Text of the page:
Biography of C. R. Stone of Fargo North Dakota

C. R. Stone, born in 1865, emerged as a self-made man despite challenging circumstances. Growing up in an era of financial struggle, he displayed remarkable determination and energy from a young age. Showing a talent for music, he organized and led a successful band at the age of thirteen. After years of study and teaching music in Minneapolis, he entered the music industry in Fargo, establishing his own business that rapidly grew in size and success. Stone’s unwavering willpower, tireless work ethic, and integrity propelled him forward. His contributions to North Dakota’s growth and cultural development, particularly in bringing music to isolated homes, earned him deep appreciation. Beyond business, Stone is described as big-hearted, generous, and a devoted family man.

C. R. Stone is a self-made man. Born in the small town of Crown Point, Ind., in January 1865, just at the close of the war when times were hard and money scarce, when calico was more popular than the modern Axminster. Education was rather “picked up” than learned, and opportunities for a boy’s advancement were of the most meager character, but these discouraging surroundings did not discourage this boy, who even in his earliest boyhood days showed the same indomitable pluck and energy that has stood him in such good stead through all his busy life.

At a very early age, his parents moved to Hebron, Ind., and it was here that he first showed his musical traits and inclinations, and at the early age of thirteen, he organized and conducted the Hebron Juvenile Band, which was one of the most successful boy bands of that day.

After studying for several years, he moved to Minneapolis and taught music until 1886 when he entered the employ of a large music house in the East, advancing rapidly to the position of general salesman. This position he held for several years, when in 1894, he resigned his position with that house and established himself in business at Fargo at the corner of First Avenue and Broadway. The rapid growth of his business soon compelled him to move to more commodious quarters at 110 Broadway, which in three years he had again outgrown. Then began the erection of the most complete music house in the Northwest, a building covering a lot 50×120 feet, embracing three floors, with a total floor space of 25,000 square feet, all perfectly arranged, including a magnificent music hall with studios and reception rooms.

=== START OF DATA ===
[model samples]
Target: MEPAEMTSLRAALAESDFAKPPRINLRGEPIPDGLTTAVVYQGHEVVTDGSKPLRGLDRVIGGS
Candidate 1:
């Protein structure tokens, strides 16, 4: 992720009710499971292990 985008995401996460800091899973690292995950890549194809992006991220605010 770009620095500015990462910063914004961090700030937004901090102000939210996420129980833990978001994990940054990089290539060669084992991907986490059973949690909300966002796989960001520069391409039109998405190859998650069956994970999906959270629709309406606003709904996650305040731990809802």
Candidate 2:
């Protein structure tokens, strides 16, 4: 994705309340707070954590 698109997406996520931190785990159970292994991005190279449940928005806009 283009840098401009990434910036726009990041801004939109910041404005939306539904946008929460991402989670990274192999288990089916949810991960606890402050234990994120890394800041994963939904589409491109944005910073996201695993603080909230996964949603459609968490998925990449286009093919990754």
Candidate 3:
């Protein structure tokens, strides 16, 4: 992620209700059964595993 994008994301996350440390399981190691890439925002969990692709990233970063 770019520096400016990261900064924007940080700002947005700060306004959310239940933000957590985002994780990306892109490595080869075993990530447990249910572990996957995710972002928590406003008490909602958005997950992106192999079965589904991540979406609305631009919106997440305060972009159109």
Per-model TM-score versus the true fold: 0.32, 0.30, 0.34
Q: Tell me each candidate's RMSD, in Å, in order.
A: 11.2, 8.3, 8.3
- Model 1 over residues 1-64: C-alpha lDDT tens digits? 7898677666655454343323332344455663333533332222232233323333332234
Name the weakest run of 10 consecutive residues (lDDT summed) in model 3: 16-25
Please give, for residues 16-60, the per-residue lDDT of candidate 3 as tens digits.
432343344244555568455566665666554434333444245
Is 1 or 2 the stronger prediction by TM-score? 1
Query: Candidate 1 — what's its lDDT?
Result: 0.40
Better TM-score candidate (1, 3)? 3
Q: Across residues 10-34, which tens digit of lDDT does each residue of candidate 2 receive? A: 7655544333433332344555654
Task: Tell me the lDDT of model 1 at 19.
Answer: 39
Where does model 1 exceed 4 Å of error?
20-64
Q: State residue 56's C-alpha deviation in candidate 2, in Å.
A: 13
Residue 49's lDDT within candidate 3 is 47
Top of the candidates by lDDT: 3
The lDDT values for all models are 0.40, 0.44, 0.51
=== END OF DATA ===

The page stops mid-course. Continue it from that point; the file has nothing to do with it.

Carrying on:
But these achievements by a man not yet forty-one have by no means been accomplished without a bitter hard struggle, the close application of an indomitable will, tremendous energy, and strictest integrity in all his business dealings.

North Dakota owes much to C. R. Stone. He entered a comparatively new and unsettled country and contributed greatly to its growth and development. No one feature contributed more to the enjoyment of life of those early settlers and those who have made this great Northwest what it is than the introduction of musical instruments, musical culture, and musical development into those faraway homes, making, by his very force of character, these ideal environments go hand in hand with the development of the country instead of following it. When one stops to think of the isolated homes where neighbors, in those pioneer days, were miles apart, what intense satisfaction and enjoyment have been derived by many of these isolated families through the possession of some fine instrument. It is no more than right to say that the man who has traveled day and night, bringing these instruments of education and civilization to the very doors of the lonely isolated home of the farmer or rancher has contributed much to humanity.

But to appreciate C. R. Stone, one must know him intimately—big-hearted, generous to a fault, a thorough sportsman, and the most enjoyable companion. Devoted to his family, his home life is ideal, owning a handsome townhouse in Fargo and a country place at Detroit, Minnesota, where each summer he takes a well-earned rest, romping with his two handsome children.


C.F. Cooper & Company, History of the Red River Valley, Past And Present: Including an Account of the Counties, Cities, Towns And Villages of the Valley From the Time of Their First Settlement And Formation, volumes 1-2; Grand Forks: Herald printing company, 1909.

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